Sunday, 27 July 2008

It's going to go wrong

I always assume machines know nothing and people know everything

One of the assumptions I make is that my computer is going to go wrong and all my work is going to get lost.

I have lost things on occasion, but by and large I know this assumption isn't true. Firstly because I have one of those little MacBooks and I've been told they rarely break down. Secondly because (when I remember) I back everything up 'in space' so it can't get lost and, what I don't back up google, my e-mail account, does. And thirdly - I think I need a thirdly here - because it hasn't gone wrong since I had it - and those odd times when I thought it had - it was always me that had done something wrong.

So, logically I can reassure my assumption that all is well. The facts stack up nicely against it and so I have to stay calm and trust that everything is OK.

My other assumption - that people know everything - is equally difficult to feel comfortable with. It takes me a long time when I meet someone to realise that we have different pools of knowledge. I always assume they know everything I know - even if I know that I don't know everything they know.

The last five days I've spent training Life Clubs hosts and increasingly I find training others a little uncanny. I can't imagine that they don't know what I know, so I cut corners in what I tell them and skip over things that are probably quite important - anything rather than risk telling them something they already know. And yet if I thought about the facts, it would be apparent that they don't know anything I'm going to teach them or else why would they be there.

If only I could assume that people know nothing and machines know everything, I'd be all right.

See you soon,
Founder Life Clubs

Sunday, 20 July 2008

We're all cagey about something

I was accused this week of being cagey and yes, of course, we're probably all cagey up to a point (and, he was right, I was being cagier than usual). Most cagey are Heinz and Coca Cola and other large brands who wouldn't have their ketchup or fizzy drink exclusivity without being cagey about their recipes, but it's not particularly a word I would have chosen to describe myself.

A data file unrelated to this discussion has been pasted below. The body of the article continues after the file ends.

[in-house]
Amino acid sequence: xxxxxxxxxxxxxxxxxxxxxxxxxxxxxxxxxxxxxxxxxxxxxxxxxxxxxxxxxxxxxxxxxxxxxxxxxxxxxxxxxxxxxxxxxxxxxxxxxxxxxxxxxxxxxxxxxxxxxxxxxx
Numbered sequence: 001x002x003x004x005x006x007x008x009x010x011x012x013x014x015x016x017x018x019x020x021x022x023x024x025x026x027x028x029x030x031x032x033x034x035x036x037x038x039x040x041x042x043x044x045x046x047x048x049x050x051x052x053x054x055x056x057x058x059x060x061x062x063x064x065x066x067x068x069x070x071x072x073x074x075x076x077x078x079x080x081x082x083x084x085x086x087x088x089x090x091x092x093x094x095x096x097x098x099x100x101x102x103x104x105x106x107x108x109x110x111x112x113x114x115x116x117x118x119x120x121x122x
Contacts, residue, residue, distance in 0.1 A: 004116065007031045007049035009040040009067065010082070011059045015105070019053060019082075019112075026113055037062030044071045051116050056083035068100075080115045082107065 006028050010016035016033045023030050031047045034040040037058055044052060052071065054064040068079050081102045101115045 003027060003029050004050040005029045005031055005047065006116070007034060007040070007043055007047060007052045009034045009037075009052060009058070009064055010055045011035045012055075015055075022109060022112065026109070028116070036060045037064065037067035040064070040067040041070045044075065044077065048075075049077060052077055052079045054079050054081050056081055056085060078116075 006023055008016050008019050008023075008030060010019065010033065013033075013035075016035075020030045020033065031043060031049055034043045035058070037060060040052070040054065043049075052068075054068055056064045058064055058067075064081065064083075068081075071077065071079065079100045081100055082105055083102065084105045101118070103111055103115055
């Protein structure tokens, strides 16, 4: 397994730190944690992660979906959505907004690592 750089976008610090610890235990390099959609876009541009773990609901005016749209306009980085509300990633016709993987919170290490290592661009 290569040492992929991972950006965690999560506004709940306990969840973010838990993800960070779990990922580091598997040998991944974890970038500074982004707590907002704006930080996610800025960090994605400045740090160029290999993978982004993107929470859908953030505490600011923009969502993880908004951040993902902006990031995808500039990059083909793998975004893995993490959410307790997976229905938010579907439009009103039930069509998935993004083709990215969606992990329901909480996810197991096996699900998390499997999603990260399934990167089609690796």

But it told me an awful lot about the person who used that word of me. Because his behaviour had been feeling a little suspicious, as if he was wanting to hide something from me and his use of that word just confirmed it for me.

The words we use about others are the words that best describe ourselves and sometimes it feels hard to take that on board. Every time you're admiring someone's persistence or intelligence or charm, you're noticing attributes that you too possess and, similarly, if you notice their sarcasm or temper or jealousy it's because they are an inherent part of you too.

So just start observing what you're thinking about others and see if they're not words you could use to describe yourself. And, similarly, start observing the words others use to describe you and see if they don't describe themselves with those words too.

And, don't be too cagey about what you're thinking about this theory - just enjoy it.

I hope you have a wonderful week,
Founder Life Clubs

Sunday, 13 July 2008

I said 'No' to being a mum

Today I decided I had to get in practise for a Life Clubs 'Saying 'No'' week. I said 'No' to being a mum and 'Yes' to being a daughter, left our son to go rowing with his father, and did one of my favourite things which is to walk across five parks from my home to my mother's and spend some time with her.

The walk in itself was wonderful. A lovely sunny day, I said 'No' to listening to bird calls and 'Yes' to listening to my daughter's i-pod which made me walk faster and introduced me to lots of new songs. I then said 'No' to an ice cream and 'Yes' to a slice of delicious beef bought from a delicatessen I walked past and finally I said 'No' to rushing home and 'Yes' to staying a little longer with my 93 year-old mother.

I also practised saying 'No' to all those mischievous voices going round in my head telling me that I was a bad mum, a bad wife and a selfish human being in general. Just having had a day of doing what I wanted to, made me such a happy bunny I even said 'No' to being a nagging mum and 'Yes' to my daughter when she asked if she could stay with friends tonight. And you can ask her how often that happens.

See you at Life Clubs this week,
Founder Life Clubs

Monday, 7 July 2008

Sometimes you have to be brave

For years I walked around like Vicky Pollard without the attitude. Just had kids, potentially off to the gym at any moment, felt fitter looking as if I was just off to the gym and frankly, not really bothered about what I looked like. I suppose I was in natural mum mode and, let's be honest, not particularly happy with myself - and no time for myself either.

It was my dustman that first gave me the feedback I needed to kick me into gear. He took me aside one morning and told me I really couldn't go around looking like I did. I needed to smarten my act up - now.

This feedback from a (more or less) stranger was just what I needed. This guy believed that I could look great if I put a bit of effort into it and he moved me into the next stage of my life.

Just for the record I'm still not into Chanel suits, but these days I actually visit the occasional clothes shop.

Vicky wouldn't recognise me any more.

See you soon,
Founder Life Clubs